Diagnosing requires the healthcare provider to identify and label a condition that the practitioner is responsible for treating. Coding systems are often used to differentiate diagnoses. Accurate and consistent application of diagnostic codes yields valid and reliable data on health utilization, costs, quality improvement and research outcomes. In the U.S., the term Pediatric Feeding Disorder (R63.3) was approved and included in the International Statistical Classification of Diseases and Related Health Problems 10th Revision (ICD-10).
PEDIATRIC FEEDING DISORDER (PFD) IS THE RECOMMENDED TERM
Pediatric Feeding Disorder is not an eating disorder as described in DSM-5. It is also not related to food insecurity or congruent with cultural norms.
To support consistent diagnostic coding, the term Pediatric Feeding Disorder has been added to the Alberta Health Services provincial clinical informatics system Connect Care. In areas with alternative clinical informatics systems, consistent use of the term Pediatric Feeding Disorder is still recommended. Other terms can be used to describe associated conditions including but not limited to:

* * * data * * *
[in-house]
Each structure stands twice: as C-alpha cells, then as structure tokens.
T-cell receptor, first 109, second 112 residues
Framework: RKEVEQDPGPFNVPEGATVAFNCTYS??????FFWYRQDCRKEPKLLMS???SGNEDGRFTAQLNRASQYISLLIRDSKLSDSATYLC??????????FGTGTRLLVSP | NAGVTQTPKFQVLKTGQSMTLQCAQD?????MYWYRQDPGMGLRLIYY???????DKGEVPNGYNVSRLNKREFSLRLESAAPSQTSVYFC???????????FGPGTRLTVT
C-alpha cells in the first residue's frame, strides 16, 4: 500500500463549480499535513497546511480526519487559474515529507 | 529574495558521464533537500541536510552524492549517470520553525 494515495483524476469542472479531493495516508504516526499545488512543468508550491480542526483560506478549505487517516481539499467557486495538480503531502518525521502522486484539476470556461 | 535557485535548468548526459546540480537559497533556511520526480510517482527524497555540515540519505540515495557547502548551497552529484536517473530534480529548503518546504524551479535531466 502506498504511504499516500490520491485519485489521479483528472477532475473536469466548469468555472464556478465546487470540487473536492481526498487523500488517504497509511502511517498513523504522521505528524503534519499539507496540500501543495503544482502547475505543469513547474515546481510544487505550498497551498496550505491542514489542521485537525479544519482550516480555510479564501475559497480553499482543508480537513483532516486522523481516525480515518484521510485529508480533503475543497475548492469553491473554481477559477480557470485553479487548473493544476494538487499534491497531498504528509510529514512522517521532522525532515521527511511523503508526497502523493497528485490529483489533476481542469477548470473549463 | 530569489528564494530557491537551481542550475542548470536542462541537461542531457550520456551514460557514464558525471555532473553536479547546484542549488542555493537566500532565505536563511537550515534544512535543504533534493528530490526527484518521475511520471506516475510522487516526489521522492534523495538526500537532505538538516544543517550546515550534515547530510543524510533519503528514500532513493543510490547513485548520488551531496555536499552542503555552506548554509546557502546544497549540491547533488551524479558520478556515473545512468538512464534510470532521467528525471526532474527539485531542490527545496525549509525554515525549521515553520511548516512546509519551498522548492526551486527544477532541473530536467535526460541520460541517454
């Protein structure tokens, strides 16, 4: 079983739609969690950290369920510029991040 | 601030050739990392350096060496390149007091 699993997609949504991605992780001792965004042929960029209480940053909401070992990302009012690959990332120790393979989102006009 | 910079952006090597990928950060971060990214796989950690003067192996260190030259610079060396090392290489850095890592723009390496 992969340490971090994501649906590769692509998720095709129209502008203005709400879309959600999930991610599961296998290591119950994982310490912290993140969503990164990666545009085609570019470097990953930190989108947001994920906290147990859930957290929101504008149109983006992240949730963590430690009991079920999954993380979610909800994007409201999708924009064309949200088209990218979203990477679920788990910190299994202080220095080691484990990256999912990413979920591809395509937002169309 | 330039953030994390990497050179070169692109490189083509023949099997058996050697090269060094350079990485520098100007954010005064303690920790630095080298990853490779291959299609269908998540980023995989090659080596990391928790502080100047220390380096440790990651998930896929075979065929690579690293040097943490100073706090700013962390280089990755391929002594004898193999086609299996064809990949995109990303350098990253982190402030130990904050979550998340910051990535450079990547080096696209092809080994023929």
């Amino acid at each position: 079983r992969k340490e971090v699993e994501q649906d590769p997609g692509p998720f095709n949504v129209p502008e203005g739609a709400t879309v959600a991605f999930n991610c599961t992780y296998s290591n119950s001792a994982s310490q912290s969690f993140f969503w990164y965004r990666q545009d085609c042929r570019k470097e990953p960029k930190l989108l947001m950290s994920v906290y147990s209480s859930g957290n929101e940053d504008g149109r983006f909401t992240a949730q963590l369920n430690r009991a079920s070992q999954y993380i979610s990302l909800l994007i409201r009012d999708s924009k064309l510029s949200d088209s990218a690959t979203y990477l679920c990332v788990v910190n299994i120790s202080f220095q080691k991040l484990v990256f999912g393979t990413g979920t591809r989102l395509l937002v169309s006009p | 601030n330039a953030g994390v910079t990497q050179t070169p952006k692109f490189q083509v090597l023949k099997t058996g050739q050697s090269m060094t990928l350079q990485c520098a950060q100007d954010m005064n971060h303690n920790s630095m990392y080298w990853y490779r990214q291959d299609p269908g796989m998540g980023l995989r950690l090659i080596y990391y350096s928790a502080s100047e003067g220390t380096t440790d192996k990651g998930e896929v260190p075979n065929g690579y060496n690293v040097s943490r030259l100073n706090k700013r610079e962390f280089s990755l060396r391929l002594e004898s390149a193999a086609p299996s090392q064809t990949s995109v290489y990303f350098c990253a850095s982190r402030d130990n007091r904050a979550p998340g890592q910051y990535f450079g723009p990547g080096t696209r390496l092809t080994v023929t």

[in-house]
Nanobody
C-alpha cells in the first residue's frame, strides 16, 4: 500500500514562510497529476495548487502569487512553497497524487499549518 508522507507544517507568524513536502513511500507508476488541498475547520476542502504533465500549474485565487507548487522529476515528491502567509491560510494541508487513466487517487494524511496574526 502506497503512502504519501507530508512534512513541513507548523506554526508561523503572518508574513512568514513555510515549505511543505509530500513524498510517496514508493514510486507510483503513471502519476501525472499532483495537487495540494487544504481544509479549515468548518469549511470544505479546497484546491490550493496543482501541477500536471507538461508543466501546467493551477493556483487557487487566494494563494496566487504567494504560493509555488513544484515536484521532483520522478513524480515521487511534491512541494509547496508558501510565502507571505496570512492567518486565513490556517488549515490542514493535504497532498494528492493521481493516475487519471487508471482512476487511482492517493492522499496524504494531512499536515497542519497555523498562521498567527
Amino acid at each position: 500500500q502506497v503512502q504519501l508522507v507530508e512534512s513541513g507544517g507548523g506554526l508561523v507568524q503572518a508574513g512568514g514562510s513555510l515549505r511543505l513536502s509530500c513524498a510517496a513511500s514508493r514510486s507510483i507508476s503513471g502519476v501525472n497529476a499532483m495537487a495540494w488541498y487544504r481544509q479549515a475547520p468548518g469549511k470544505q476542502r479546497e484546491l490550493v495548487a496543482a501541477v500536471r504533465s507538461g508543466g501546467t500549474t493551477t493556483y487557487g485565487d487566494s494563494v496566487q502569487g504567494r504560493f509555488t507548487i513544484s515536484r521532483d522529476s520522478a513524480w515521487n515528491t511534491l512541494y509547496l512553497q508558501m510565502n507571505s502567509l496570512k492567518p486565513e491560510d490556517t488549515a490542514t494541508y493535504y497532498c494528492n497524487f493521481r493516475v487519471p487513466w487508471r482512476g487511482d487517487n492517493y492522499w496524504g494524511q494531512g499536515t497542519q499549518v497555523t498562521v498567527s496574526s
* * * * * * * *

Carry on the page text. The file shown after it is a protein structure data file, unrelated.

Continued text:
- Dysphagia (oral phase, oropharyngeal phase, pharyngeal phase, pharyngoesophageal phase, unspecified)
- Feeding difficulties, feeding difficulty in newborn
- Avoidant Restrictive Food Intake Disorder (ARFID)
- A psychiatric disorder with anxiety resulting in nutrition sequelae as described in DSM-5.
- It is important to rule out underlying medical or skill dysfunction as the diagnostic criteria for ARFID can overlap with PFD.
Benefits of using the Pediatric Feeding Disorder diagnostic term include:
- consistent messaging for parents and families
- awareness and consistent identification of children with pediatric feeding disorder
- better understanding of conditions associated with PFD across health domains
- accurate calculation of prevalence data in Alberta
- referral to the appropriate health care professionals.
Clinicians may progressively record diagnoses identified for each of the five assessment questions and associated domains, and their management considerations. Consideration of the combined results, and reference to the management section of the guide, can then be undertaken to develop and prioritize key management goals (NSW Office of Kids and Families, 2016).